Renovations for an energy-efficient flagship project
Title: Energy-Efficient District Lviv
Commissioned by: German Federal Ministry for the Environment, Nature Conservation and Nuclear Safety (BMU)
Lead executing agency: Ministry for Communities and Territories Development of Ukraine
Overall term: 2018 to 2022
High heating costs are a major problem for large parts of the Ukrainian population. Outdated cogeneration plants and distribution plants, an inadequate district heating network, poorly insulated or uninsulated buildings and inefficient heating systems are driving up energy consumption. The ensuing costs particularly affect people who only have a small income. The poorer sections of the population are reliant on social subsidies from the Ukrainian state to pay their bills.
Cutting down on energy consumption would decrease greenhouse gas emissions. Energy-related funding could also relieve the strain on public finances by reducing social energy subsidies.
The Ukrainian Government is seeking to make energy use in buildings more efficient. To achieve this, buildings must undergo thermal renovations, but most apartment owners lack the financial means and technical expertise to make this a reality. A national Energy Efficiency Fund aims to help and provide subsidies for the relevant renovations such as better thermal insulation and modern heating systems. However, the financial incentives are often insufficient, especially for the renovation of residential buildings in which a large proportion of residents receive subsidies. This is also true in the Ukrainian city of Lviv.
A residential area in Lviv is comprehensively thermally renovated. This project is a positive example of the energetic and economic advantages of renovation to increase energy efficiency and serves as a reference for the national Energy Efficiency Fund.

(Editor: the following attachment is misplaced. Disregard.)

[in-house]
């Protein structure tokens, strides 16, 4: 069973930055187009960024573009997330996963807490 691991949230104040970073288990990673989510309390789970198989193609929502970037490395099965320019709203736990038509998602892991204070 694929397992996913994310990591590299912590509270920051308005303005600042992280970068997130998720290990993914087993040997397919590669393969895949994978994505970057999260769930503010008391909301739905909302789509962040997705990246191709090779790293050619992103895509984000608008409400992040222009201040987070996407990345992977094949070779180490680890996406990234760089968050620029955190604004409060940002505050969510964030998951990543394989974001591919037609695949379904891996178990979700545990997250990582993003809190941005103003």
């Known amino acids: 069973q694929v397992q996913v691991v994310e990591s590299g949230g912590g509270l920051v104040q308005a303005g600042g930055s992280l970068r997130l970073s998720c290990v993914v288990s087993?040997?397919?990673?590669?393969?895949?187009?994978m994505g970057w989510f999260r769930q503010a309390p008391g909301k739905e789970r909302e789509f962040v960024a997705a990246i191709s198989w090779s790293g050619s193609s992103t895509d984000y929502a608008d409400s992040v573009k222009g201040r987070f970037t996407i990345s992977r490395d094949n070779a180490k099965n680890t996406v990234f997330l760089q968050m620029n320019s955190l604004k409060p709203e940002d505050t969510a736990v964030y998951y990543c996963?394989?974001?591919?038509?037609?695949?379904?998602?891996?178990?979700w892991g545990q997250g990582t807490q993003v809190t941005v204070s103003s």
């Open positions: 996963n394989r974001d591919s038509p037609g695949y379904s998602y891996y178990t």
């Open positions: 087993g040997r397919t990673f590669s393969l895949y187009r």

The project is supporting Ukrainian municipalities in creating incentives for the renovation of residential buildings. To this end, a residential area in the district of Sykhiv in Lviv was selected in conjunction with the project partners for the implementation of modernisation measures. The aim is to save as much energy and as many social subsidies as possible, and to improve the comfort of residents.
As a first step, the project is reviewing the building stock, social structure and energy consumption in the district together with the Lviv City Council. Plans will then be made with homeowners for the thermal renovation. These will include, for example, the installation of façade insulation and new ventilation and heating systems that allow residents to regulate the temperature in their apartments.
The aim is to halve the energy needed to generate heat once work in the renovated buildings is completed. For residents, this means that they will only have to pay 50 per cent of their previous energy costs.
Sykhiv takes on the role of an energy-efficient flagship district. Here, resources will be conserved, energy will be used efficiently and emissions will be reduced in future. The experiences gathered by the project will serve as a frame of reference for Ukraine’s Energy Efficiency Fund and for other towns in the region. The project highlights potential savings and documents the financial and environmental benefits of the various renovation measures. The project will showcase the impact that can be achieved when financial incentives from the Energy Efficiency Fund are topped up by municipal incentives. Homeowner associations will receive information about financing models and contribute to the renovation costs. In the long term, the labour market can also be expected to benefit from the increased demand for renovation experts in the building sector.